UK consumer spending dropped at its most accelerated rate in more than a decade. The last October to see consumers restrict spending as much was October 2008.
With inflation rising, consumers drastically reduced their purchases of non-essential and non-food goods according to a recent survey by Taipei, Taiwan-based investment boutique, Clifford Beaumont.
According to the BRC (British Retail Consortium), retail sales figures decreased by 1.0 percent on a yearly basis, which discounts shifts in store size, compared with 1.9 percent a month earlier.
Last week, the Bank of England hiked interest rates for the first time in over a decade.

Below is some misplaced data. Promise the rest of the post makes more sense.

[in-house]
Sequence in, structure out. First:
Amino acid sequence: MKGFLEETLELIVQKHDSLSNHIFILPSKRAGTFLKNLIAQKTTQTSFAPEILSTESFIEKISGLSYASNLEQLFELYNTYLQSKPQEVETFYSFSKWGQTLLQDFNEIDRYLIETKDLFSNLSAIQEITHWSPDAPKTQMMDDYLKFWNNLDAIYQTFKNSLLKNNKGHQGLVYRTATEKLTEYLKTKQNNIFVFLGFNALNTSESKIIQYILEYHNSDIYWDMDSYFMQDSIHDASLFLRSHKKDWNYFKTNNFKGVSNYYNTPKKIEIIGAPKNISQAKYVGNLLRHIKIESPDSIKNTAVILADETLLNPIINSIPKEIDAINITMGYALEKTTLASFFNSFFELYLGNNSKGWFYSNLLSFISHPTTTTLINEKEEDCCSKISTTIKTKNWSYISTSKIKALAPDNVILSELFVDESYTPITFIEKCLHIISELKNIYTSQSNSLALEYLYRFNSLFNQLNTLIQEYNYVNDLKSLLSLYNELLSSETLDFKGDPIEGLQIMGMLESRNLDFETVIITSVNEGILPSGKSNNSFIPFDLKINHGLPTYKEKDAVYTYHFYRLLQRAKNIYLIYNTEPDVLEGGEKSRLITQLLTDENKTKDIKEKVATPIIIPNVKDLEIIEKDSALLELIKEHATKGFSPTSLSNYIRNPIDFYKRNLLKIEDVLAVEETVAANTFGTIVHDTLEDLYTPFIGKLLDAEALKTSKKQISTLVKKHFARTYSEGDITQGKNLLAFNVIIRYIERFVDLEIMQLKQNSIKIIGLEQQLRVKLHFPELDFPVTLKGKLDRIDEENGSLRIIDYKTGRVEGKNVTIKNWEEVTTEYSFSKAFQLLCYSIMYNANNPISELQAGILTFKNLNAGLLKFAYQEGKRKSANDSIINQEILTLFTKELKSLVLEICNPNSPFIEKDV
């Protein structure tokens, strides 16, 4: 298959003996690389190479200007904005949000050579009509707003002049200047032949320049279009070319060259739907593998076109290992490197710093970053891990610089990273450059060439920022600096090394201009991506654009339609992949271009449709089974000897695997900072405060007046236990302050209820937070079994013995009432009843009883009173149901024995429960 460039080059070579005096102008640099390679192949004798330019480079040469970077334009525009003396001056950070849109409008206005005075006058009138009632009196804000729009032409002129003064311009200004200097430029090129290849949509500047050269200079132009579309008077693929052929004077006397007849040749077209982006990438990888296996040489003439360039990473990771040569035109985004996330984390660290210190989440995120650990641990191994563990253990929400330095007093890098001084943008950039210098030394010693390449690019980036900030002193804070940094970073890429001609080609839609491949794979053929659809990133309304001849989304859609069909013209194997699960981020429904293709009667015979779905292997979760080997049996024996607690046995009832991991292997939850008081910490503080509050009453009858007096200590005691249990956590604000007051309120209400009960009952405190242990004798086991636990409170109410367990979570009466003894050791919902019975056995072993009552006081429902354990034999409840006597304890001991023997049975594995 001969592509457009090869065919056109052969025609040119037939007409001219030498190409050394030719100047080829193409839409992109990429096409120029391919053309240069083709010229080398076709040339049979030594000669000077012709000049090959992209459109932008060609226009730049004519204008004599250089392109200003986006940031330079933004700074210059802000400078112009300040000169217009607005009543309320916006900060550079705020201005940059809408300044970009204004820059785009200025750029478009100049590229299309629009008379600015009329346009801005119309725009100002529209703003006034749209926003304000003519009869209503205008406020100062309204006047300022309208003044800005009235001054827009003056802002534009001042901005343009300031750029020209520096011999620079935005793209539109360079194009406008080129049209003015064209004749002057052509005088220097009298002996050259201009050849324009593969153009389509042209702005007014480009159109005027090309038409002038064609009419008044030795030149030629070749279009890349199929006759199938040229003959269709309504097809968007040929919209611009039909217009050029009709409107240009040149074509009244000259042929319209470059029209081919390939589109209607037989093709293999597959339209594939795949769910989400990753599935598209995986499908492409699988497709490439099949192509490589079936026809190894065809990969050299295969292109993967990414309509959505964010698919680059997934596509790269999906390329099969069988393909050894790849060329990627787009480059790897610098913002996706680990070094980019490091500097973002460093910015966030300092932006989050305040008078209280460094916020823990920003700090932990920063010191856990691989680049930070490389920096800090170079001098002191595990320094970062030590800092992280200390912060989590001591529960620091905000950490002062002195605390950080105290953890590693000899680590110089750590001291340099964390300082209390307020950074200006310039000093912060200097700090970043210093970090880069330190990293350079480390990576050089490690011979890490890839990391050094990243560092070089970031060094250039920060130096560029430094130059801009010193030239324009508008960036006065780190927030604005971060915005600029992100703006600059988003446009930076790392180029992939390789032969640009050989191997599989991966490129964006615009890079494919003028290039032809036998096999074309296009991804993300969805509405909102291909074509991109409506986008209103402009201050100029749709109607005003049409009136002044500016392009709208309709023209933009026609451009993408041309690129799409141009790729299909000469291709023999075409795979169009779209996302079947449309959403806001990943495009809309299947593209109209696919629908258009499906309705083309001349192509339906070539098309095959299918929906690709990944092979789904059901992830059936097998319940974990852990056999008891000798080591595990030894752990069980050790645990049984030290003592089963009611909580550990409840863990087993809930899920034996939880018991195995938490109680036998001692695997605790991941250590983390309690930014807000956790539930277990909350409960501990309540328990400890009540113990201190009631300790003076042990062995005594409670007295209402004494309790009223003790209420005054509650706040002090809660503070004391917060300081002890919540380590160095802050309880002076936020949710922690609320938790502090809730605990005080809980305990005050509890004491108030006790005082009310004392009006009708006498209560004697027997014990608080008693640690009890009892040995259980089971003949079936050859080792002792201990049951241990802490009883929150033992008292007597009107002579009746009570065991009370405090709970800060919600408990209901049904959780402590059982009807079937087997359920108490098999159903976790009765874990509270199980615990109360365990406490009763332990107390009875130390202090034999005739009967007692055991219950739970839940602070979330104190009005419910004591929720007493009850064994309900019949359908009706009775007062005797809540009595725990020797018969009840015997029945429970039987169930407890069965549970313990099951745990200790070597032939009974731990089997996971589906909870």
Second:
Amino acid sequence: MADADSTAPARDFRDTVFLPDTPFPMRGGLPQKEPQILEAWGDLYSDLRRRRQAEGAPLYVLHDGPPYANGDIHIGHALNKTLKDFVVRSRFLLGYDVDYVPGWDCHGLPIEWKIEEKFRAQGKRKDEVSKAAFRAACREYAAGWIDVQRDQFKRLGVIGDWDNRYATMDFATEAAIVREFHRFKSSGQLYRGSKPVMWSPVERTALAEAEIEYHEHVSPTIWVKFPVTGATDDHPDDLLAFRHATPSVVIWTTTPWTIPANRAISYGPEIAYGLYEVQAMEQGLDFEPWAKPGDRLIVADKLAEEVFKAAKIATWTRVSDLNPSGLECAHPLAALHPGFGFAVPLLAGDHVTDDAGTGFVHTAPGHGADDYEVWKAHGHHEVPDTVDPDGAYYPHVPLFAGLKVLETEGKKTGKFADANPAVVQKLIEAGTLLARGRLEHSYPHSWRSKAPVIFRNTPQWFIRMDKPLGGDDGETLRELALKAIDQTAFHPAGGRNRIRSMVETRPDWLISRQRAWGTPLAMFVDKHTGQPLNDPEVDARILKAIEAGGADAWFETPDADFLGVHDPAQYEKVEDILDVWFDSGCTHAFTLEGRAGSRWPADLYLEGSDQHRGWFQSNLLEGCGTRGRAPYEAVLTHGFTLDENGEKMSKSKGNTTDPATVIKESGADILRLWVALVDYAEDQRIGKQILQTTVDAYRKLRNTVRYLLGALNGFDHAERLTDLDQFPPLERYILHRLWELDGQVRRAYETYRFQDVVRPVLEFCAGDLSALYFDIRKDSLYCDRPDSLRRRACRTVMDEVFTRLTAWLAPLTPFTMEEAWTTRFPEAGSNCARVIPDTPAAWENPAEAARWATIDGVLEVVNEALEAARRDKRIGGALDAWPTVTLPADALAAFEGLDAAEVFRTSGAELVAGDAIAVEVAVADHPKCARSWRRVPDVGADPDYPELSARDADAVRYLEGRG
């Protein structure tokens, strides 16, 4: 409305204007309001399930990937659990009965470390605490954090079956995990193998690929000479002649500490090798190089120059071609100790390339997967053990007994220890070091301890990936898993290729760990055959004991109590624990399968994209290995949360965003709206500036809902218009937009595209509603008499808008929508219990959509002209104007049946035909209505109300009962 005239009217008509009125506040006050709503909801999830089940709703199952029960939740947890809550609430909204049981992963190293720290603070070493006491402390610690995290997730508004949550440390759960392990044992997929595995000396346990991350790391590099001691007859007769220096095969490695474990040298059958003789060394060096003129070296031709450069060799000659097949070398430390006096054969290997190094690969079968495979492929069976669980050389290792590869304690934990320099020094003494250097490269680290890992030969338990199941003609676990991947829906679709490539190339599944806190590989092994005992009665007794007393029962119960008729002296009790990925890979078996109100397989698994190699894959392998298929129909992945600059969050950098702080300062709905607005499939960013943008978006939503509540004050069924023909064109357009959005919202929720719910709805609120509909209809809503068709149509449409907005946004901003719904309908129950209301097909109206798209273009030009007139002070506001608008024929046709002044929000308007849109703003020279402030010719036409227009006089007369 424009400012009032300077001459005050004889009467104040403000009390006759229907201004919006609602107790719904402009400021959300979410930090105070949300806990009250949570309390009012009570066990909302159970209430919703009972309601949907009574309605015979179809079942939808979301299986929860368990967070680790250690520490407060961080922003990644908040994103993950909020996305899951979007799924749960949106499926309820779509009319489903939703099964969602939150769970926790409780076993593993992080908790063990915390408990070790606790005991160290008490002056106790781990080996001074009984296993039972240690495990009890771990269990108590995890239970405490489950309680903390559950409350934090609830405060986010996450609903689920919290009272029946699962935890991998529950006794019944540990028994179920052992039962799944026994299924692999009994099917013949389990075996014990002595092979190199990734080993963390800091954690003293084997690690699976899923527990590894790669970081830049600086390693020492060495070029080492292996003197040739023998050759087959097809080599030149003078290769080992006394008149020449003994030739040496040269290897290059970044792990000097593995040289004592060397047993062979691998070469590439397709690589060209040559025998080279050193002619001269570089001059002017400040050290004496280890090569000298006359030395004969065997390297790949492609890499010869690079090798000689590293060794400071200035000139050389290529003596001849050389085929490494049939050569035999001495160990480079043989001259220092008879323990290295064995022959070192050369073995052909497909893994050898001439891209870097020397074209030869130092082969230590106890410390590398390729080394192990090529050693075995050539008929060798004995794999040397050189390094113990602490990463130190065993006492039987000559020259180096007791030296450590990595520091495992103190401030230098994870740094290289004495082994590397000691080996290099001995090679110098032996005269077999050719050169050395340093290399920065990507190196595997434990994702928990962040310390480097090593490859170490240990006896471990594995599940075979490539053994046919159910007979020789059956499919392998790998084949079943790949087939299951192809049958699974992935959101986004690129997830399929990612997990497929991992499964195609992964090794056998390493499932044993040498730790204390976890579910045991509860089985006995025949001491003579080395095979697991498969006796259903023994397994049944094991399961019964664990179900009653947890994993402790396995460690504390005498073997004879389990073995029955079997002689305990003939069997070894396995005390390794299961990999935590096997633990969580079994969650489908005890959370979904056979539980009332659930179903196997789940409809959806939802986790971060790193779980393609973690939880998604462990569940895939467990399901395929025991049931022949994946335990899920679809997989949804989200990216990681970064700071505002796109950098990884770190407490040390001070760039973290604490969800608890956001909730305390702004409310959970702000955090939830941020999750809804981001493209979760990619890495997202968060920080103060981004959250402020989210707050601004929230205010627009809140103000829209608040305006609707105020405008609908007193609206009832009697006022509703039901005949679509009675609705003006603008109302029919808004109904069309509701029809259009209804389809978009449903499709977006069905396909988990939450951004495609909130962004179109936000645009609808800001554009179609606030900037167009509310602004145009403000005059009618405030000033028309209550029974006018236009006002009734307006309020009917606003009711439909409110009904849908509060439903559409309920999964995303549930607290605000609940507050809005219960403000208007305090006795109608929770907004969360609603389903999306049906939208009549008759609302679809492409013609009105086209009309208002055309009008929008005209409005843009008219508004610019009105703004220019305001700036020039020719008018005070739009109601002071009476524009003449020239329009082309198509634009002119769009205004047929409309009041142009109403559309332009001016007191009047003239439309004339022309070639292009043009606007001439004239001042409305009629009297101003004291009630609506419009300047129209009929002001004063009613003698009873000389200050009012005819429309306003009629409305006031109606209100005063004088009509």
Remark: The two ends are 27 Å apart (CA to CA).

Economists at Clifford Beaumont believed that the interest rate hike would be a bad move in light of the state of consumer finances which have been pressured by rising inflation since 2016’s Brexit referendum when the UK voted to exit the European Union.
The BRC stated that its data was reason for trepidation leading up to the festive season. In a statement to the media, BRC chief executive Helen Dickinson said that the fall in consumer spending was fueled by the most negative performance of non-food sales since the beginning of 2011.
Clifford Beaumont economists stated that although growth in food sales figures were positive, these were largely supported by rising inflation.
Dickinson added that the rate hike implemented last week would add further burden already tight household budgets.
Consumer price inflation exceeded the Bank of England’s target of 2 percent and reached 3 percent in September, its highest level since 2012.